Base station transition between modes of operation can be triggered in a plurality of ways. The base station may operate in different modes according to a predetermined schedule, e.g., a train schedule, commuter schedule or other type of schedule. Such a schedule may be designed so that the base station will operate in the full-on state at particular points in time known to normally correspond to periods of wireless terminal data communications activity. Alternatively, or in addition to scheduled modes of base station operation, in some embodiments base stations monitor for wireless terminal activity in the cell which they serve and adjust the mode of operation to correspond to the detected level of communications data activity. For example, a base station may transition from a full-on state to a lower activity mode of operation with less control signaling in response to detecting a period in which no user data, e.g., text, voice or other types of user application data, have been transmitted for a predetermined period of time or when there is a determination that the cell does not include any active or registered wireless terminals.

Transitions from a base station sleep mode of operation to a full-on mode of operation are triggered, in some embodiments, by the receipt of a wake up signal from a mobile node. Wireless terminal registration signals and/or mobile node requests to transition from a sleep mode of mobile node operation to an active mode of mobile node operation in which the mobile node can transmit user data in an uplink can serve as wakeup signals and/or control signals which are used to trigger a change in base station operation from a less active to more active mode of base station operation.

The methods and apparatus of the present invention support base stations with different modes of activity. While transmission power conservation is one benefit of supporting multiple base station modes of operation, the reduced level of signal interference achieved by supporting reduced activity modes of base station operation can increase overall system throughput by decreasing interference in neighboring cells when operating in a sleep state or other reduced activity mode of base station operation.

Numerous additional features benefits and embodiments of the present invention are discussed in the detailed description which follows.

BRIEF DESCRIPTION OF THE FIGURES

FIG. 1 is a drawing of an exemplary communications system implemented in accordance with the present invention and using methods of the present invention.

FIG. 2 is a drawing of an exemplary base station, implemented in accordance with the present invention and using methods of the present invention.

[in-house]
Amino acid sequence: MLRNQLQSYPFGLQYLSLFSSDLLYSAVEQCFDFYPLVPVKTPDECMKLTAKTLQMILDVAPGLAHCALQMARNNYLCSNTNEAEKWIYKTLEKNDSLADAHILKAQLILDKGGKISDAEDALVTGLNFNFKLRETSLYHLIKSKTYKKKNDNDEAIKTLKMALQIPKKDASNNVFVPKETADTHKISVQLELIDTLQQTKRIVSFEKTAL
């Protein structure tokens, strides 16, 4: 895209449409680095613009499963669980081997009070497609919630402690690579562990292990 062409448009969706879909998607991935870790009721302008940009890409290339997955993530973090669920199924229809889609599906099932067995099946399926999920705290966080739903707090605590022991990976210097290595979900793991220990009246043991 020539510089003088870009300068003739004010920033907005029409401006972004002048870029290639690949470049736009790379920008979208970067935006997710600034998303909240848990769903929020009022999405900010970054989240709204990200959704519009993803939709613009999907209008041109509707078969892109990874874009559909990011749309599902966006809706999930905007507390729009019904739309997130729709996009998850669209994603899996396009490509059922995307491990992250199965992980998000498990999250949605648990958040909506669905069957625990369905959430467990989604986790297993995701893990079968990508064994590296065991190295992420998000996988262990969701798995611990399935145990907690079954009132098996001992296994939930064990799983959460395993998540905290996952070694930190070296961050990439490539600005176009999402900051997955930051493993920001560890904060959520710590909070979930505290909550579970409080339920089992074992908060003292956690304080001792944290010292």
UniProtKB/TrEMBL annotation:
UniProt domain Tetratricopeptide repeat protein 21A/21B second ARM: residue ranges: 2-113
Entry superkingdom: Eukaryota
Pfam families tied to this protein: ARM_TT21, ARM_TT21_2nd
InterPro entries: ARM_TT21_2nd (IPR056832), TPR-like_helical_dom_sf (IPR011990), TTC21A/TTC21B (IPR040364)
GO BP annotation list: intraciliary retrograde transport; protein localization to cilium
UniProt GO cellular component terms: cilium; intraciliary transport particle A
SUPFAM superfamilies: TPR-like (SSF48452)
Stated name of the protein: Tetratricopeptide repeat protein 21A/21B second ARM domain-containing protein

FIG. 3 is a drawing of an exemplary wireless terminal implemented in accordance with the present invention and using methods of the present invention.

FIG. 4 is a drawing of an exemplary time frequency grid representing downlink air link resources available to a base station, implemented in accordance with the present invention, and indications of timing synchronization signals transmitted by the base station using those resources while operating in the active mode.

FIG. 5 is a drawing of an exemplary time frequency grid representing downlink air link resources available to a base station, implemented in accordance with the present invention, and indications of timing synchronization signals transmitted by the base station using those resources while operating in the transmit standby mode, for an exemplary embodiment.

FIG. 6 is a drawing of an exemplary time frequency grid representing downlink air link resources available to a base station, implemented in accordance with the present invention, and indications of timing synchronization signals transmitted by the base station using those resources while operating in the transmit standby mode, for another exemplary embodiment.

FIG. 7 is a drawing of an exemplary time frequency grid representing downlink air link resources available to a base station, implemented in accordance with the present invention, and indications of timing synchronization signals transmitted by the base station using those resources while operating in the transmit standby mode, for still another exemplary embodiment.

FIG. 8 is a drawing illustrating an exemplary base station, implemented in accordance with the present invention, currently in an active mode of base station operation, wherein the base station' cell includes active wireless terminals.

FIG. 9 is a drawing illustrating an exemplary base station, implemented in accordance with the present invention, currently operating in the transmit standby mode of operation, wherein the base station's cell includes wireless terminals that are turned off, but does not include any wireless terminals in the sleep state or active state.

FIG. 10 is a drawing illustrating an exemplary base station, implemented in accordance with the present invention, currently operating in the transmit standby mode of operation, wherein the base station's cell includes a wireless terminal that is turned off and a wireless terminal that is in the sleep state, but does not include any wireless terminals in the active state.

FIG. 11 is a drawing of a table illustrating characteristics of the base station active mode of operation and the base station transmit standby mode of operation for an exemplary embodiment, in accordance with the present invention.

FIG. 12 is a drawing illustrating an exemplary communications system including a train routed through wireless cells and schedule information used in base station operational mode switching, the communication system implemented in accordance with the present invention and using methods of the present invention.